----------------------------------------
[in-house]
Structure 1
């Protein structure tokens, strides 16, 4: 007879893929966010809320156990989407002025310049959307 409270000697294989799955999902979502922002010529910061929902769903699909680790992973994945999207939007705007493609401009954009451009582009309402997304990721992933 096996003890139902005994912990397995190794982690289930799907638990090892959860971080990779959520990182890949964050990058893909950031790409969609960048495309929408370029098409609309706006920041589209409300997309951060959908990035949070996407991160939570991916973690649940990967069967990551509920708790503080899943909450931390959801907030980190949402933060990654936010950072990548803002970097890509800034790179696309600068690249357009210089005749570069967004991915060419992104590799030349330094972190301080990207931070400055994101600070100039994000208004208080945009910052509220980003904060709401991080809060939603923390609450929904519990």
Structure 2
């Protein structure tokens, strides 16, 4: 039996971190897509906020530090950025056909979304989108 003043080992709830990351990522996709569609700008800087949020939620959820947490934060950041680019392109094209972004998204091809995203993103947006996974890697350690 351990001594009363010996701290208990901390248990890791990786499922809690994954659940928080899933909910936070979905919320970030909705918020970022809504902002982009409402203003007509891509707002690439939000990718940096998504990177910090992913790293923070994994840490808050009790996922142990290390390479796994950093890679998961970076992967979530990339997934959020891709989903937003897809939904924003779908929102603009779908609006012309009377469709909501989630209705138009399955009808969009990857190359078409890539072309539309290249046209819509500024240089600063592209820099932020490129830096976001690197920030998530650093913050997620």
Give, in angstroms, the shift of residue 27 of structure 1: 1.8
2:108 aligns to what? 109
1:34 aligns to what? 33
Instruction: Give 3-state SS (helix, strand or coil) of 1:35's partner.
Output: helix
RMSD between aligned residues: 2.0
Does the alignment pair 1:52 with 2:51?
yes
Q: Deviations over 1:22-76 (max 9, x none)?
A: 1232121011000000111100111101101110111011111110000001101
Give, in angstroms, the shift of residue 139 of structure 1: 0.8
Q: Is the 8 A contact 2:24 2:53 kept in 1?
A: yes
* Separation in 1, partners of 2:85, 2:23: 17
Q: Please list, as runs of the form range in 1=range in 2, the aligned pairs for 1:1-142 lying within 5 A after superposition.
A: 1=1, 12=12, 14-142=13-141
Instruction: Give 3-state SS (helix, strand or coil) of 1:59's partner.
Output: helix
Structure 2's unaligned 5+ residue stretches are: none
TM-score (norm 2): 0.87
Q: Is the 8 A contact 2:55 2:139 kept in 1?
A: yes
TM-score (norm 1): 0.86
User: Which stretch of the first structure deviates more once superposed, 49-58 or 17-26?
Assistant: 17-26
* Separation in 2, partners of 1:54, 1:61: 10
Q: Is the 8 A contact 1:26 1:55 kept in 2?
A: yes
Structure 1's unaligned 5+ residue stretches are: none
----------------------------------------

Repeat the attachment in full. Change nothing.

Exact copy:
[in-house]
Structure 1
């Protein structure tokens, strides 16, 4: 007879893929966010809320156990989407002025310049959307 409270000697294989799955999902979502922002010529910061929902769903699909680790992973994945999207939007705007493609401009954009451009582009309402997304990721992933 096996003890139902005994912990397995190794982690289930799907638990090892959860971080990779959520990182890949964050990058893909950031790409969609960048495309929408370029098409609309706006920041589209409300997309951060959908990035949070996407991160939570991916973690649940990967069967990551509920708790503080899943909450931390959801907030980190949402933060990654936010950072990548803002970097890509800034790179696309600068690249357009210089005749570069967004991915060419992104590799030349330094972190301080990207931070400055994101600070100039994000208004208080945009910052509220980003904060709401991080809060939603923390609450929904519990």
Structure 2
């Protein structure tokens, strides 16, 4: 039996971190897509906020530090950025056909979304989108 003043080992709830990351990522996709569609700008800087949020939620959820947490934060950041680019392109094209972004998204091809995203993103947006996974890697350690 351990001594009363010996701290208990901390248990890791990786499922809690994954659940928080899933909910936070979905919320970030909705918020970022809504902002982009409402203003007509891509707002690439939000990718940096998504990177910090992913790293923070994994840490808050009790996922142990290390390479796994950093890679998961970076992967979530990339997934959020891709989903937003897809939904924003779908929102603009779908609006012309009377469709909501989630209705138009399955009808969009990857190359078409890539072309539309290249046209819509500024240089600063592209820099932020490129830096976001690197920030998530650093913050997620």
Give, in angstroms, the shift of residue 27 of structure 1: 1.8
2:108 aligns to what? 109
1:34 aligns to what? 33
Instruction: Give 3-state SS (helix, strand or coil) of 1:35's partner.
Output: helix
RMSD between aligned residues: 2.0
Does the alignment pair 1:52 with 2:51?
yes
Q: Deviations over 1:22-76 (max 9, x none)?
A: 1232121011000000111100111101101110111011111110000001101
Give, in angstroms, the shift of residue 139 of structure 1: 0.8
Q: Is the 8 A contact 2:24 2:53 kept in 1?
A: yes
* Separation in 1, partners of 2:85, 2:23: 17
Q: Please list, as runs of the form range in 1=range in 2, the aligned pairs for 1:1-142 lying within 5 A after superposition.
A: 1=1, 12=12, 14-142=13-141
Instruction: Give 3-state SS (helix, strand or coil) of 1:59's partner.
Output: helix
Structure 2's unaligned 5+ residue stretches are: none
TM-score (norm 2): 0.87
Q: Is the 8 A contact 2:55 2:139 kept in 1?
A: yes
TM-score (norm 1): 0.86
User: Which stretch of the first structure deviates more once superposed, 49-58 or 17-26?
Assistant: 17-26
* Separation in 2, partners of 1:54, 1:61: 10
Q: Is the 8 A contact 1:26 1:55 kept in 2?
A: yes
Structure 1's unaligned 5+ residue stretches are: none